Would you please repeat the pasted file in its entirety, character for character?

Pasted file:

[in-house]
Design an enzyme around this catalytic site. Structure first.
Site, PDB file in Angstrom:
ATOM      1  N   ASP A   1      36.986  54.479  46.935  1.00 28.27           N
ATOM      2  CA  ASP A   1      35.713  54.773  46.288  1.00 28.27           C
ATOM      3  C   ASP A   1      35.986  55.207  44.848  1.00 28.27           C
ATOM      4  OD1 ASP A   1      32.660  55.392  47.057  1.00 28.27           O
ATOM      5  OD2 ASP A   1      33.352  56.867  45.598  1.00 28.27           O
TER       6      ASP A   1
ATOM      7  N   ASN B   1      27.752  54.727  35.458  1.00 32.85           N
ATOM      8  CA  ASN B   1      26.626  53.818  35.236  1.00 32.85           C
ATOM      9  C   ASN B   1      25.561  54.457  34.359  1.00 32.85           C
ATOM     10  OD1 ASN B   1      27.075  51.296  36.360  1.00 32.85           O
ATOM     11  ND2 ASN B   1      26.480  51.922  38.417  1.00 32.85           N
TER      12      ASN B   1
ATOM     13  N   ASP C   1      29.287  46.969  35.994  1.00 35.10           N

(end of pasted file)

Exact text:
[in-house]
Design an enzyme around this catalytic site. Structure first.
Site, PDB file in Angstrom:
ATOM      1  N   ASP A   1      36.986  54.479  46.935  1.00 28.27           N
ATOM      2  CA  ASP A   1      35.713  54.773  46.288  1.00 28.27           C
ATOM      3  C   ASP A   1      35.986  55.207  44.848  1.00 28.27           C
ATOM      4  OD1 ASP A   1      32.660  55.392  47.057  1.00 28.27           O
ATOM      5  OD2 ASP A   1      33.352  56.867  45.598  1.00 28.27           O
TER       6      ASP A   1
ATOM      7  N   ASN B   1      27.752  54.727  35.458  1.00 32.85           N
ATOM      8  CA  ASN B   1      26.626  53.818  35.236  1.00 32.85           C
ATOM      9  C   ASN B   1      25.561  54.457  34.359  1.00 32.85           C
ATOM     10  OD1 ASN B   1      27.075  51.296  36.360  1.00 32.85           O
ATOM     11  ND2 ASN B   1      26.480  51.922  38.417  1.00 32.85           N
TER      12      ASN B   1
ATOM     13  N   ASP C   1      29.287  46.969  35.994  1.00 35.10           N